In so many developing-world countries, the locals appear possessed of a morose sense of hopelessness. In stark contrast, the peoples of these two emerging nations exude a fervent sense of pride and expectation. It’s remarkable really, and gives one faith that recent economic gains are indeed their new normal.
Panama, for one, boasts a wealth of natural resources, but wisely has diversified its US-dollar-based economy with first-class, service-driven and manufacturing sectors. Much of this, of course, centers around the Panama Canal, but developments such as Panama Pacifico and the Colon Free Trade Zone are expanding the nation’s attractiveness to a new wave of foreign firms. Scarce regulation on tax-exempt offshore banking has also, predictably, attracted significant foreign investment.
I asked Leo González, the government-appointed Agency Administrator of Panama Pacifico, if Panama’s remarkable recent growth is sustainable.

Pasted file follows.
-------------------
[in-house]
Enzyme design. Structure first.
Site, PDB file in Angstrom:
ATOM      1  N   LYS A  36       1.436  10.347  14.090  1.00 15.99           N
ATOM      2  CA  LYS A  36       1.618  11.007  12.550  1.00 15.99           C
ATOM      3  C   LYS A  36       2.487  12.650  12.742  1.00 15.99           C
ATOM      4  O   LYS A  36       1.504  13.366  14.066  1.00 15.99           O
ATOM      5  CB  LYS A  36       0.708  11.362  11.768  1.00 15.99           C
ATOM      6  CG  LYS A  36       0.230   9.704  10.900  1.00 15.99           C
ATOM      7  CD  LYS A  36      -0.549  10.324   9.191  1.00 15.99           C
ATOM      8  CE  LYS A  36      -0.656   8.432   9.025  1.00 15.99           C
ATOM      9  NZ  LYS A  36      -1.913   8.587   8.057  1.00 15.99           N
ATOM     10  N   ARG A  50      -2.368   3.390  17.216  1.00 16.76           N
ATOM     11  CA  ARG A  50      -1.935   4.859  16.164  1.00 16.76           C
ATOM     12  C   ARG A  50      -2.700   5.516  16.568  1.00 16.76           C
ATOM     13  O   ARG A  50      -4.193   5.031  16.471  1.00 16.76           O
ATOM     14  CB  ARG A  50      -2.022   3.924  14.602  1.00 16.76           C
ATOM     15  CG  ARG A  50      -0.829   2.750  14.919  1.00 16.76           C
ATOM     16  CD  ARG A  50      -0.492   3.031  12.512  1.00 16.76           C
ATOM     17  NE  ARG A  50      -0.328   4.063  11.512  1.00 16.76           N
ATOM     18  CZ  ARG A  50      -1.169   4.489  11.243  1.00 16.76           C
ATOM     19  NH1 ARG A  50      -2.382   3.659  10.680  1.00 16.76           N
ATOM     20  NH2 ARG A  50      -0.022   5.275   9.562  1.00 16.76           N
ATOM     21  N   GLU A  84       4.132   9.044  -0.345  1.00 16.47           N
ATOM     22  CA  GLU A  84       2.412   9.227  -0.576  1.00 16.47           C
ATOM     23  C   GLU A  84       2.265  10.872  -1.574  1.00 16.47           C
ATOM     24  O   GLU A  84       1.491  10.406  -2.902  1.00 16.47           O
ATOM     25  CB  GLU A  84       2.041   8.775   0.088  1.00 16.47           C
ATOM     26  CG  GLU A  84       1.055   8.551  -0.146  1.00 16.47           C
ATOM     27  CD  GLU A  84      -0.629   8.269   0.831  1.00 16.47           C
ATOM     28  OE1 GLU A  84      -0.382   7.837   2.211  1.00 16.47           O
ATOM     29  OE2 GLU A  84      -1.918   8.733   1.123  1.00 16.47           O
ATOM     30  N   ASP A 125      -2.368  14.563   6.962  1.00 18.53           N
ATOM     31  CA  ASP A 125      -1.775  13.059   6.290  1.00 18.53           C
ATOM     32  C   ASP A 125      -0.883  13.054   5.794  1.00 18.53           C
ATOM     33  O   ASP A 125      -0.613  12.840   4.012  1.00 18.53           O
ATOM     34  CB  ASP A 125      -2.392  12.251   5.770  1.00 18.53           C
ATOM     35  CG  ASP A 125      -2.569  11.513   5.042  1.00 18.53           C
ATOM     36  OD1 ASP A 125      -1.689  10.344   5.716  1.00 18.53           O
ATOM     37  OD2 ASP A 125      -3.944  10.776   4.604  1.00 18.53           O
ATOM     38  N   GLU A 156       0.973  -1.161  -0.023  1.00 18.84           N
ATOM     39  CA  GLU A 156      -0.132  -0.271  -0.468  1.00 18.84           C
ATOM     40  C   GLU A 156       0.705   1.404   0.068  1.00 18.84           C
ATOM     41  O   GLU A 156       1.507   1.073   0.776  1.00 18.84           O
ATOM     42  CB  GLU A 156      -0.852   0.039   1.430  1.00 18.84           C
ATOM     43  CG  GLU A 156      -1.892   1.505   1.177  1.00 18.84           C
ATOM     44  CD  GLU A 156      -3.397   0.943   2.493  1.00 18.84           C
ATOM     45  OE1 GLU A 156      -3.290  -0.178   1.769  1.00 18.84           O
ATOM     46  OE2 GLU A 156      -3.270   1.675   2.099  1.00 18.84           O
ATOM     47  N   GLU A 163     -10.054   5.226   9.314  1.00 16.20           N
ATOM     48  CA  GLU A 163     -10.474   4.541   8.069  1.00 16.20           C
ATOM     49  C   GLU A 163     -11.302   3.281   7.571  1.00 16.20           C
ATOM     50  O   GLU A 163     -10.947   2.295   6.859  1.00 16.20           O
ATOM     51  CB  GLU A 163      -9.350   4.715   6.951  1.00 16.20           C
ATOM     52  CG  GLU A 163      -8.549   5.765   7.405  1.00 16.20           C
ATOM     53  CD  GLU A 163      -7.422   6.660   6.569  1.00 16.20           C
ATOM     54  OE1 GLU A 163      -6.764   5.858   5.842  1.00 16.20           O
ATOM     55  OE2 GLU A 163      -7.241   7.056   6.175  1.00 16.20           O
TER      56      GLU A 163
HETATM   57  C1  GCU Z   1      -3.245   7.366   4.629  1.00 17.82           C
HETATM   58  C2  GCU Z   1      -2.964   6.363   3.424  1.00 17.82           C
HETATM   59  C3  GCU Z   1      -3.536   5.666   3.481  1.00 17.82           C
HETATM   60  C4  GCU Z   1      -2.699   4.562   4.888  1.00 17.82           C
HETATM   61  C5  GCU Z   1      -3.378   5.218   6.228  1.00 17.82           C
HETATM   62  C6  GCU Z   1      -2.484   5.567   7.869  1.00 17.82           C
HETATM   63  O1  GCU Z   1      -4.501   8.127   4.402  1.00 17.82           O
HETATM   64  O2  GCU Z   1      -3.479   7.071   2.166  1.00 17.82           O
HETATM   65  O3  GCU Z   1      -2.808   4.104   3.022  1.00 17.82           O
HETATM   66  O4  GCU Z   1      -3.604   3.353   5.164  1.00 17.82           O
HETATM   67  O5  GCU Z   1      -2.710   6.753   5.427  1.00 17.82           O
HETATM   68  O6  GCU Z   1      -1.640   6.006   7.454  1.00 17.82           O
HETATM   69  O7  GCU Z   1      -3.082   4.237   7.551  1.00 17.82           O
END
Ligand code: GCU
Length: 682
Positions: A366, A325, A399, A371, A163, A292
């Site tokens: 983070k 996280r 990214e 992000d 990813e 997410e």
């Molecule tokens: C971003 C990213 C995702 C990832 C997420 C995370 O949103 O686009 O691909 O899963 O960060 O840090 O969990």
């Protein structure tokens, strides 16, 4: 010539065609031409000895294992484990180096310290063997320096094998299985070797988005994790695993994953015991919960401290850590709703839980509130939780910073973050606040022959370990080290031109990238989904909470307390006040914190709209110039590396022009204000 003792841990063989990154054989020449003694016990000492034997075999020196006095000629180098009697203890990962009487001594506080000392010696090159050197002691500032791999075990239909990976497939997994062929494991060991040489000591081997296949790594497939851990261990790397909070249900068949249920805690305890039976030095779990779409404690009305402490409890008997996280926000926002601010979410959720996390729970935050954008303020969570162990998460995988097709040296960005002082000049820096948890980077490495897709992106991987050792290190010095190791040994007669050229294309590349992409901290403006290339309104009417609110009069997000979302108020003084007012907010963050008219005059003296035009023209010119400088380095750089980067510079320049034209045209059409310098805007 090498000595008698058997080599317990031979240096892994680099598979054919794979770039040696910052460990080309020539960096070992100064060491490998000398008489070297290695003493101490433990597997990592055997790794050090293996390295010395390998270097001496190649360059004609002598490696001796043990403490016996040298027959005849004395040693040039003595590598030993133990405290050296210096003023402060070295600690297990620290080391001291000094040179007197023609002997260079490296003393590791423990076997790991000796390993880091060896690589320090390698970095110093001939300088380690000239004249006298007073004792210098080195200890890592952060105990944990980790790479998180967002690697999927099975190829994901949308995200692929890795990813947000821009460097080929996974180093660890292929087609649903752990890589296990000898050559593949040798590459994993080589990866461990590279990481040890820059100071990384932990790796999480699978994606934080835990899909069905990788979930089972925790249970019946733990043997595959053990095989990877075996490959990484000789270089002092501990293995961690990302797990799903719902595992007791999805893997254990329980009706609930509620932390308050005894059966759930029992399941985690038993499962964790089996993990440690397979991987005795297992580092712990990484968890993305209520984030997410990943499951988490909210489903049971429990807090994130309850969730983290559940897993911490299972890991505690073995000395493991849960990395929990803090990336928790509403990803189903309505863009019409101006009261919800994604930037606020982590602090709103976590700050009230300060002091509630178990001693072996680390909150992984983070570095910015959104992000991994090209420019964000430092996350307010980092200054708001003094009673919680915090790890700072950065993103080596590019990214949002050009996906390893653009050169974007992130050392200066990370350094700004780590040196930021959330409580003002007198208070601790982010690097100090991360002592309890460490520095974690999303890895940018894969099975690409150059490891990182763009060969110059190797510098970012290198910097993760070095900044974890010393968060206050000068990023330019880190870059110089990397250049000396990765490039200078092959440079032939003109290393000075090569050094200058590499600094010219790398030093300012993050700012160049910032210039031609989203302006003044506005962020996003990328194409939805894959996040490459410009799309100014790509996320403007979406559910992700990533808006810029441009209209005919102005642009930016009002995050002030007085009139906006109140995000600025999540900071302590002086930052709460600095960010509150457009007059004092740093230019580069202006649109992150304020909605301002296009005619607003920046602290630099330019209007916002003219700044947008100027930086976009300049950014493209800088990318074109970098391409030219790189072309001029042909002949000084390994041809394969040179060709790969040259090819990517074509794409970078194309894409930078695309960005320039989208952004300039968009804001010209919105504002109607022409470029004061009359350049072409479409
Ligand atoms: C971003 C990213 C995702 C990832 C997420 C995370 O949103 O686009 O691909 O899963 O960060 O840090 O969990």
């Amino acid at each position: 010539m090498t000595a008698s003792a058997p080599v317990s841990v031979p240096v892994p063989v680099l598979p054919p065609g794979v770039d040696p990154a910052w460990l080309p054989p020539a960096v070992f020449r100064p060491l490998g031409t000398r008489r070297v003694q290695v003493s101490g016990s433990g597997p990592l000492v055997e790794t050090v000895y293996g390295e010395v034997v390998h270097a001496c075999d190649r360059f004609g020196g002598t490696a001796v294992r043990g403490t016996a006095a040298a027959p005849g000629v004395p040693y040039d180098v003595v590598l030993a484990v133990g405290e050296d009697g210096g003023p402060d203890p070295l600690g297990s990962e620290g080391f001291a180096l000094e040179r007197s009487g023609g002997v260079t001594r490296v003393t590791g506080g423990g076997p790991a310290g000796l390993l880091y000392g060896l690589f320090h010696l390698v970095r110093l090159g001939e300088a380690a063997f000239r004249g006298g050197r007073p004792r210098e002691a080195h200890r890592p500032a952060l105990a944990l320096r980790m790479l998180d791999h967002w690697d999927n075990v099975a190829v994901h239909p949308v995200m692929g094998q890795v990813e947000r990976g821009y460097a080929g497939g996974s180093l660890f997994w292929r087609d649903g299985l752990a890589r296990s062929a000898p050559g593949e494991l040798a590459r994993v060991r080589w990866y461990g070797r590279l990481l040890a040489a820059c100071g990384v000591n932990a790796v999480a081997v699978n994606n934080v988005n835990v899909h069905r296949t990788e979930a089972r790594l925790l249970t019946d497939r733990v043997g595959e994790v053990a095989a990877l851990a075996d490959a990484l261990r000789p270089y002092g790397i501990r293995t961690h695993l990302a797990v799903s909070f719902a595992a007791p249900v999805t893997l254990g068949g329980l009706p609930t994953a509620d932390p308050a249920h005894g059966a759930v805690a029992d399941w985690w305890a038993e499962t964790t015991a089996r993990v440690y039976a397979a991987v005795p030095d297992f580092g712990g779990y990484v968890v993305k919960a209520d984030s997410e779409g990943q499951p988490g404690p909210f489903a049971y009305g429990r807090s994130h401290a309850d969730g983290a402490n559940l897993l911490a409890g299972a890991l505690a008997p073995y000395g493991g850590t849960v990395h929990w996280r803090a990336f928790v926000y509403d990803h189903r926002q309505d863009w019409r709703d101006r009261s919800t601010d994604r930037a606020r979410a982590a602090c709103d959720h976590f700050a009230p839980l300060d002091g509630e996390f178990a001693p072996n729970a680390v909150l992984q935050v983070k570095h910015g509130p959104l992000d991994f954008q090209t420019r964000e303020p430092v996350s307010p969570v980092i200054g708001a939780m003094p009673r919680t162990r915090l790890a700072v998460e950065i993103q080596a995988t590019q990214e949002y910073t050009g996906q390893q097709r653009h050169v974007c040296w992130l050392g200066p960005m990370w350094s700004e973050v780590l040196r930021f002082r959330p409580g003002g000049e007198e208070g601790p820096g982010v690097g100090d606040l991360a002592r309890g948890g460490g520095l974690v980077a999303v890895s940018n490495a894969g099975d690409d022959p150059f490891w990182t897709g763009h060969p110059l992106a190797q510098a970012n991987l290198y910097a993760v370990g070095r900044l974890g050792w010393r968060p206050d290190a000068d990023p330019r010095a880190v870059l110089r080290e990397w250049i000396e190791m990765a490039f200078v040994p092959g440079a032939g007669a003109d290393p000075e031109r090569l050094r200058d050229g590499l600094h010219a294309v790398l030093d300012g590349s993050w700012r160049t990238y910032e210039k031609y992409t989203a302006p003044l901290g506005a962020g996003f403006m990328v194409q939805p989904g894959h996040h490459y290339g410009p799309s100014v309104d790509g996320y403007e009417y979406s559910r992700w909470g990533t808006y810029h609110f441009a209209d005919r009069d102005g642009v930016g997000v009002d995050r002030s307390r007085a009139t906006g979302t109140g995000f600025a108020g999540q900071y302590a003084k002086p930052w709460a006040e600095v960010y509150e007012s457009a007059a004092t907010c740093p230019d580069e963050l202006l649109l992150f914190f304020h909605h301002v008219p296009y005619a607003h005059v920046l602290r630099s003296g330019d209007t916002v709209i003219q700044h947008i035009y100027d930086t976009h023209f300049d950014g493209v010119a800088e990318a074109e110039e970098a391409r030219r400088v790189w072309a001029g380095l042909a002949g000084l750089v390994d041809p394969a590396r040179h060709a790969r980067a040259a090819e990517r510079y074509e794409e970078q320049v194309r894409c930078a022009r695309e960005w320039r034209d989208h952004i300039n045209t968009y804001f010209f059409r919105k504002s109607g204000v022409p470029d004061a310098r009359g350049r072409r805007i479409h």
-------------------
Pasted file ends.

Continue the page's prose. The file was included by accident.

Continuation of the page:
“Absolutely it’s sustainable!” he says. “There’s not just one reason we’re successful. Having the Panama Canal is obviously a huge asset, but it’s the infrastructure created around it that make us such an ideal destination.
“The relationship we have with the US has helped maintain a safe and transparent investment climate,” says González. “Our people are trained to work internationally, and much of our workforce is bilingual.”
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González gushed, at length, about the country he sees as the region’s best-positioned to help foreign companies be successful, namely his own.